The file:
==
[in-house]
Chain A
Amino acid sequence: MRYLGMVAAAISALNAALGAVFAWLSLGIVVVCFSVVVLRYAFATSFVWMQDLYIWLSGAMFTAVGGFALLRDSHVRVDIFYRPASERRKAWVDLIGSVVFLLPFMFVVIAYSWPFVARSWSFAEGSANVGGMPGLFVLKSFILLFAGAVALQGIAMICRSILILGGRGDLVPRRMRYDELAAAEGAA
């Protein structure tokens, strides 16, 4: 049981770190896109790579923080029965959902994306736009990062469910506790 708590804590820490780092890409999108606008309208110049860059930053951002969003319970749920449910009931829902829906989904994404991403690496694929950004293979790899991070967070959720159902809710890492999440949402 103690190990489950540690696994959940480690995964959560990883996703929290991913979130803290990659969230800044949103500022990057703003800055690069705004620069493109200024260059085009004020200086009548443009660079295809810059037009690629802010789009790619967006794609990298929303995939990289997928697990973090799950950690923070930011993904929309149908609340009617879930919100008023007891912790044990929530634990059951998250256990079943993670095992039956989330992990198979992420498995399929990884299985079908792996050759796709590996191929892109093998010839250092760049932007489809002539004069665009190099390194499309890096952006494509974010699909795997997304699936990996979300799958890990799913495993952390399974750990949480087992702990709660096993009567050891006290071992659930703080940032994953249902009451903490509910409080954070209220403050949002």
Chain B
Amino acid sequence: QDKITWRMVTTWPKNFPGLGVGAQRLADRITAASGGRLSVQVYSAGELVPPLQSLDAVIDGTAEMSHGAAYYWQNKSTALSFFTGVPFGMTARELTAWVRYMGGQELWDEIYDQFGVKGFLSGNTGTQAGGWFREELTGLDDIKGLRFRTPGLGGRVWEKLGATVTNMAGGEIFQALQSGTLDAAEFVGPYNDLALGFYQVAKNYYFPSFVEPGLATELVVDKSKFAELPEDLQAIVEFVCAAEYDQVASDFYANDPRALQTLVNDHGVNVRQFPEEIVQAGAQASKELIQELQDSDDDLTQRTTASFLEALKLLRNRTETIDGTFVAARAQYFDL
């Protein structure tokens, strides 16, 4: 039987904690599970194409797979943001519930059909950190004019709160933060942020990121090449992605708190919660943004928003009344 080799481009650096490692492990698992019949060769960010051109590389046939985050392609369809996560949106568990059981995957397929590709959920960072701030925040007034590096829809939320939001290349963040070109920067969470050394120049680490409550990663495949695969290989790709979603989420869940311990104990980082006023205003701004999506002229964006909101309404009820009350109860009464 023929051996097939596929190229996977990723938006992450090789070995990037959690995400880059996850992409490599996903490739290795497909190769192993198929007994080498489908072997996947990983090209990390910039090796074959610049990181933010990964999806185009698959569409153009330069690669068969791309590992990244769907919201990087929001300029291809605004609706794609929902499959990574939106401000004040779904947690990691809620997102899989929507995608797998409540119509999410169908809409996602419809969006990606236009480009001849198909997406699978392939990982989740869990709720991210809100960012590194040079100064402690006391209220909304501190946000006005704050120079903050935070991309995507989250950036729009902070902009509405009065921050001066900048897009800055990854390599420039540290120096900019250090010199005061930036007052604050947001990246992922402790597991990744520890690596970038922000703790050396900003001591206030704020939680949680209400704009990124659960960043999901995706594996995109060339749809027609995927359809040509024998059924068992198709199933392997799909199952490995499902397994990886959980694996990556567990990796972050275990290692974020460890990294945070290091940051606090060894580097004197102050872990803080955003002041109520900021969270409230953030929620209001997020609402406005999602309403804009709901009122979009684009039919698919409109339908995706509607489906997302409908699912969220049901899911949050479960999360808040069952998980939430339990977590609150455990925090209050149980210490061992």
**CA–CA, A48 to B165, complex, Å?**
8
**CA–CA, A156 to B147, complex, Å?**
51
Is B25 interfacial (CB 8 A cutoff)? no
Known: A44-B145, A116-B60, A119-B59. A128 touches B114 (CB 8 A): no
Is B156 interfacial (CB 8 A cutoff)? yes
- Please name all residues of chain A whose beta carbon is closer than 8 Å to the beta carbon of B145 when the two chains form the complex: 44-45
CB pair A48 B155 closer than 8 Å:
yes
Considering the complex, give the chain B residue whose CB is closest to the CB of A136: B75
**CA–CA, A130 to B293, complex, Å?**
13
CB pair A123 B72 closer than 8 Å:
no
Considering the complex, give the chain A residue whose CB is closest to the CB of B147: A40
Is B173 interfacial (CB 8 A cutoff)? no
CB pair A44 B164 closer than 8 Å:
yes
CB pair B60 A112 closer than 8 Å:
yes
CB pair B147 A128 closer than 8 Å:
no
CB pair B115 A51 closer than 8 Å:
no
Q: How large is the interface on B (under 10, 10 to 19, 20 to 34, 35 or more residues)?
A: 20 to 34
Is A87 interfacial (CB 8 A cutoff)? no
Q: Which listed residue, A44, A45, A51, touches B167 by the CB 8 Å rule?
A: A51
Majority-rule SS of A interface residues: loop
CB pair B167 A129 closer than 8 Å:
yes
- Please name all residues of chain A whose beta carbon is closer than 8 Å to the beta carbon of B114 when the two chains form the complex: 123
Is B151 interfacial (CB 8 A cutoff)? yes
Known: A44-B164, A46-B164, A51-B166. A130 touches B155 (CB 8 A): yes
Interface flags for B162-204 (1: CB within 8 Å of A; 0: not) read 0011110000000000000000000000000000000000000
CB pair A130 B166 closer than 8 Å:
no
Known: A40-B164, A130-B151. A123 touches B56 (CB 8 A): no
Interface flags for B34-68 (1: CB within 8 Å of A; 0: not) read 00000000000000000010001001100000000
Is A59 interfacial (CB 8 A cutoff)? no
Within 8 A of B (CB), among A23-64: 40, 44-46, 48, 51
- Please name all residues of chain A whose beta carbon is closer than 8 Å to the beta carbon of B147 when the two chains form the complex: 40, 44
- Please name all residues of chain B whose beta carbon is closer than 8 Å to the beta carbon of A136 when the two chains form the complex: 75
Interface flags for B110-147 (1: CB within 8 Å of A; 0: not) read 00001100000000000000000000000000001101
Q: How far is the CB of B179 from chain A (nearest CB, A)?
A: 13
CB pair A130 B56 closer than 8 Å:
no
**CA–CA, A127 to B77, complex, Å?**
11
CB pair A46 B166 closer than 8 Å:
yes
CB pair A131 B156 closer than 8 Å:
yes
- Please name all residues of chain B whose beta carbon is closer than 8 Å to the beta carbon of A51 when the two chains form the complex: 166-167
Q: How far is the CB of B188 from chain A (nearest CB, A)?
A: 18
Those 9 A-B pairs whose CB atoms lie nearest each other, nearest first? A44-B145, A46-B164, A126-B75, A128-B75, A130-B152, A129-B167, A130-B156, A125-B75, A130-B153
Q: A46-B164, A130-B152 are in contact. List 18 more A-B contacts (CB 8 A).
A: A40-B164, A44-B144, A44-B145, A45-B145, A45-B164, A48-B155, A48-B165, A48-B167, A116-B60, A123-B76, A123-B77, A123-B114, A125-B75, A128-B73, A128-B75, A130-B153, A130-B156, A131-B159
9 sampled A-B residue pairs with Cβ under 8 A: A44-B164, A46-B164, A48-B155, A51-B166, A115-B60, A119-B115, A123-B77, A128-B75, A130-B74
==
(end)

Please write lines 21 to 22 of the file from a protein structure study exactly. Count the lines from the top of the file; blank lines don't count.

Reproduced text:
CB pair A123 B72 closer than 8 Å:
no